FresnoAquarium San Joaquin River

San Joaquin River Restoration Final Program Environmental Impact Statement/Report Released

The Bureau of Reclamation and the California Department of Water Resources today released their Final Program Environmental Impact Statement/Report for the San Joaquin River Restoration.

The joint document describes the direct, indirect and cumulative impacts of implementing the NRDC, et al., v. Rodgers, et al. Settlement that resolved more than 18 years of litigation related to Reclamation’s operation of Friant Dam near Fresno and established the San Joaquin Restoration Project (SJRRP). Reach 1 of the restoration project flows past Aquarius Aquarium Institute’s future Fresno Aquarium property.

The two agencies, one federal and one state, have opted for a preferred alternative (C1) that will utilize a plan intended to minimize seepage of the restored river’s water into farmers’ fields (see figures above), keep flows within Reach 4B1 (the original river bed as shown in blue in the boxed area on the map below – not the Eastside Bypass) at 475 cubic feet per second (cfs) minimum and adds a new pumping plant to increase capacity for river water recapture on the San Joaquin River below the confluence of the Merced River.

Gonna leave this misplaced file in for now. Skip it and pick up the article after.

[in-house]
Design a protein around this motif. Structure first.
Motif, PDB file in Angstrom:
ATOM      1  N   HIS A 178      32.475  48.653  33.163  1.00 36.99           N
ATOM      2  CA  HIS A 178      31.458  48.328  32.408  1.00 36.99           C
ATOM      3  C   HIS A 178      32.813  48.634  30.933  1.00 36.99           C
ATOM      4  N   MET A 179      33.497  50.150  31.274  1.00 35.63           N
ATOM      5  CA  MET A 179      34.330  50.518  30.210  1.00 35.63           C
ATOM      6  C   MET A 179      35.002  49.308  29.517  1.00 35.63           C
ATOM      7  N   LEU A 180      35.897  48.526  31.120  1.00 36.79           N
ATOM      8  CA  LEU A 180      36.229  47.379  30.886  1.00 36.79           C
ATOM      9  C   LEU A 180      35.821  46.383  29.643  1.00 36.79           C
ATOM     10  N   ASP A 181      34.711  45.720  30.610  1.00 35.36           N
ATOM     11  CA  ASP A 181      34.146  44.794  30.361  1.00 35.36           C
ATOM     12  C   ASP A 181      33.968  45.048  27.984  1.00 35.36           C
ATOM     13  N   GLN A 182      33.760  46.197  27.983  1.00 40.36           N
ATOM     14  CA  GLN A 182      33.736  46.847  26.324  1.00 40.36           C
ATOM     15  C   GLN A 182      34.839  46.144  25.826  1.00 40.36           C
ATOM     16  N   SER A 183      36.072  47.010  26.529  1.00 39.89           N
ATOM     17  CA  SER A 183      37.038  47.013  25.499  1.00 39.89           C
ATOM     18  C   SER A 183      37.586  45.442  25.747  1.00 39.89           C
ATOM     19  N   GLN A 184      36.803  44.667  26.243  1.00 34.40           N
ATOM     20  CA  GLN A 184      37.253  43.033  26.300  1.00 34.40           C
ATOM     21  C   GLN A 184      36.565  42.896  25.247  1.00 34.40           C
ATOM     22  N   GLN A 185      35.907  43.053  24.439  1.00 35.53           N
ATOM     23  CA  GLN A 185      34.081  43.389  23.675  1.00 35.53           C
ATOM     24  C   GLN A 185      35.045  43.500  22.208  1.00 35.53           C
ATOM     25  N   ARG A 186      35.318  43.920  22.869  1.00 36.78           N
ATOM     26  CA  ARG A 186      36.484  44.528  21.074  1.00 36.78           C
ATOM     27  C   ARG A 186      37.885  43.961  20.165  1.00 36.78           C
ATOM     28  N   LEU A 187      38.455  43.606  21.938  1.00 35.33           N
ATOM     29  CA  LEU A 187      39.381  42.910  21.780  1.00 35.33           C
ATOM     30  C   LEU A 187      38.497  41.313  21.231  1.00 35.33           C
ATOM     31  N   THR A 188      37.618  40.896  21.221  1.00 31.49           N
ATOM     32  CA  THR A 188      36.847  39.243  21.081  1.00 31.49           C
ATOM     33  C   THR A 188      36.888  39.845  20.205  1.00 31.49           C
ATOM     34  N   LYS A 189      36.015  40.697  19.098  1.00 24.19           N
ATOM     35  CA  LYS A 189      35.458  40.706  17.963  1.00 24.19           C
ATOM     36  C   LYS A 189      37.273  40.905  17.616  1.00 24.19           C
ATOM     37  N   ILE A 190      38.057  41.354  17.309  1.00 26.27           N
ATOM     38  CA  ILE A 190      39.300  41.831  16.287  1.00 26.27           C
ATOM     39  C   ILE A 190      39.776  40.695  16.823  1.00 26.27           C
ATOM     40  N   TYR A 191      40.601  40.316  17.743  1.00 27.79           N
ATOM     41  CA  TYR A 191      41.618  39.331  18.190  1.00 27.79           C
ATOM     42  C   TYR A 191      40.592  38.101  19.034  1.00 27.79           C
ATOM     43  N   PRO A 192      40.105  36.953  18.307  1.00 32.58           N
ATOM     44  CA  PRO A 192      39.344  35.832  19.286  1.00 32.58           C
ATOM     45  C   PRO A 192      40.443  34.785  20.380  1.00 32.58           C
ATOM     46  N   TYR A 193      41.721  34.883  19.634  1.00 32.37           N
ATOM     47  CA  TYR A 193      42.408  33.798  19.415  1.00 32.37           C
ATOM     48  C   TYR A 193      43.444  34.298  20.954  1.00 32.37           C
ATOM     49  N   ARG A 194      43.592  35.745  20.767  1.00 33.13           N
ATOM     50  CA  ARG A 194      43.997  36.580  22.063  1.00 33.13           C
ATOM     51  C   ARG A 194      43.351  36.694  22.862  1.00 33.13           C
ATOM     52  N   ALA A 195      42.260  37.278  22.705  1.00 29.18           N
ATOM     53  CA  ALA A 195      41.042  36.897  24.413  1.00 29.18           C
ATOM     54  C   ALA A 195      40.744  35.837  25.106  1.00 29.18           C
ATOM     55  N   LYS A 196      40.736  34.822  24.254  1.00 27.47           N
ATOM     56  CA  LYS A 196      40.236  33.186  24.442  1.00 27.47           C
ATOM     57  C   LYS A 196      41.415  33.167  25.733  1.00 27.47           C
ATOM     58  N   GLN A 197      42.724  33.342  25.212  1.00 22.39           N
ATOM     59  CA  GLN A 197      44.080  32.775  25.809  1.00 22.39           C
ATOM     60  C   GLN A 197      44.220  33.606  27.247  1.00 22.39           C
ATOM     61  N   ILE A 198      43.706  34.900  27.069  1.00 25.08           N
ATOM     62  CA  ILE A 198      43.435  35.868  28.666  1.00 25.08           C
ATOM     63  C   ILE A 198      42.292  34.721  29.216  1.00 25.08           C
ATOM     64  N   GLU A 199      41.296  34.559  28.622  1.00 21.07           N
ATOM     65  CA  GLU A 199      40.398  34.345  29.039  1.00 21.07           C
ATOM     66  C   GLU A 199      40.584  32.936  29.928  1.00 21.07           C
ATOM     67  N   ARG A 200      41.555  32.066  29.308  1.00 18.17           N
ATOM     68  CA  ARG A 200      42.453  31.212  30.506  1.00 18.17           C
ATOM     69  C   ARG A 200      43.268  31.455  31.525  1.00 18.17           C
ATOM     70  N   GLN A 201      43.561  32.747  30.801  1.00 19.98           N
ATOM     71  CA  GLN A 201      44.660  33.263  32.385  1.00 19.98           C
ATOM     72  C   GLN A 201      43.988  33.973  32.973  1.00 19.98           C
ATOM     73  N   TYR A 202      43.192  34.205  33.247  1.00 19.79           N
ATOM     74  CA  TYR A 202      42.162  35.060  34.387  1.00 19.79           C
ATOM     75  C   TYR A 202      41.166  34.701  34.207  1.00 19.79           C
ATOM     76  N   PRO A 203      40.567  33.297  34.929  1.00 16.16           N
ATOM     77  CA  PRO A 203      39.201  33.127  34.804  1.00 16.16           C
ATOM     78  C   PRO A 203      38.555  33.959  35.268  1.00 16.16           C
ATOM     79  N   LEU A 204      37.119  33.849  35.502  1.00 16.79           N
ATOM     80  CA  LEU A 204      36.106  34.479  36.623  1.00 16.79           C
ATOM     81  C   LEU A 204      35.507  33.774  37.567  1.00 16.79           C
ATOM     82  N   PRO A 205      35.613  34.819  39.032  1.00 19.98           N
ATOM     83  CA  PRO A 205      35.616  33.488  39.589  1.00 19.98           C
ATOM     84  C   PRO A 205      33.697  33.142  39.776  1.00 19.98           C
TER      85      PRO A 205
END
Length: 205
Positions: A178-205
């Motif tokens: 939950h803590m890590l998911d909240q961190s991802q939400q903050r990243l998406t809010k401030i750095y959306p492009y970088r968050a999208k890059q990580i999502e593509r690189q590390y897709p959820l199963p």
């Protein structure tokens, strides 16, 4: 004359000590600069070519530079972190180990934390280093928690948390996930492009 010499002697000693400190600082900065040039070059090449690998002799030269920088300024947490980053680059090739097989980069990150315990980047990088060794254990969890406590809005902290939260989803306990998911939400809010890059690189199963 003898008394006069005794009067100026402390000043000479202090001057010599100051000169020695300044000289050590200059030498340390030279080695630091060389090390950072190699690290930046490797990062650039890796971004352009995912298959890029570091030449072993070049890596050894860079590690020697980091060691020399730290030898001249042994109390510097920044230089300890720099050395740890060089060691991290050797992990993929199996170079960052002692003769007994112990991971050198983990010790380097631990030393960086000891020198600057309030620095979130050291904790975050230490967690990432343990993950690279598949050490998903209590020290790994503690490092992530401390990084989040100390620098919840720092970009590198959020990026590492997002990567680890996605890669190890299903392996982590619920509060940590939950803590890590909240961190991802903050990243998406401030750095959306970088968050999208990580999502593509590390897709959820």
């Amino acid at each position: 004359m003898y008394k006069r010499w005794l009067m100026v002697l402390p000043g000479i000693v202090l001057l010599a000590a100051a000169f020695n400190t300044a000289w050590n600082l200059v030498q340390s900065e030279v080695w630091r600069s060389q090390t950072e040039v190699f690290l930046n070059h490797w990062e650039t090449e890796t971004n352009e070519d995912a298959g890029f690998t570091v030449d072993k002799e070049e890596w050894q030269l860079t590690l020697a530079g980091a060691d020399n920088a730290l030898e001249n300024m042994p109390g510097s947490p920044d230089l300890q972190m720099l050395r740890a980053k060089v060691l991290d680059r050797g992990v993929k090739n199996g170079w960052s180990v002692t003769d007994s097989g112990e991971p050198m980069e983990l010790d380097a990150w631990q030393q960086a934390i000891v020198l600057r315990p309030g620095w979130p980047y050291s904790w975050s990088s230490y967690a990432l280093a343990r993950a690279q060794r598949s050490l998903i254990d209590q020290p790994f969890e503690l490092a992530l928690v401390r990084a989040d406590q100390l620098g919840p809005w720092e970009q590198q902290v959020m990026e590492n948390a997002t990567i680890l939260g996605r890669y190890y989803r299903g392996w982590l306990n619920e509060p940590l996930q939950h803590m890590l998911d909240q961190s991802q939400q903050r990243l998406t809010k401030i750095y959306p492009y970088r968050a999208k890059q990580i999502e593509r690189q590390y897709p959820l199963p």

The Final PEIS/R document also discusses initiatives underway by Federal and State agencies that include proposals to expand recreation access and opportunities along the San Joaquin River. These initiatives would complement SJRRP.

One of these, America’s Great Outdoors, is a Federal initiative led by the U.S. Department of the Interior that has has identified projects in all 50 states in which the Federal government could partner with states or local communities through technical support and with its administrative authorities.

One of the America’s Great Outdoors projects is the San Joaquin River Blueway, a proposal of the San Joaquin River Partnership, a collaboration of 13 non-profit organizations. The vision for the San Joaquin River Blueway is to create a corridor of recreational access and important landscapes, with a system of recreational and natural areas linked by the river.

The San Joaquin River Blueway would provide access and opportunities for boating, fishing, swimming, hiking, biking, wildlife-watching, picnicking, and hunting – all outstanding additional recreational opportunities for visitors to the future Fresno Aquarium.

About the San Joaquin River Restoration Project (SJRRP): The SJRRP is a comprehensive, long-term effort to restore flows to the San Joaquin River from Friant Dam to the confluence of the Merced River (153 miles), restoring a self-sustaining Chinook salmon fishery in the river while reducing or avoiding adverse water supply impacts from the release of restoration flows.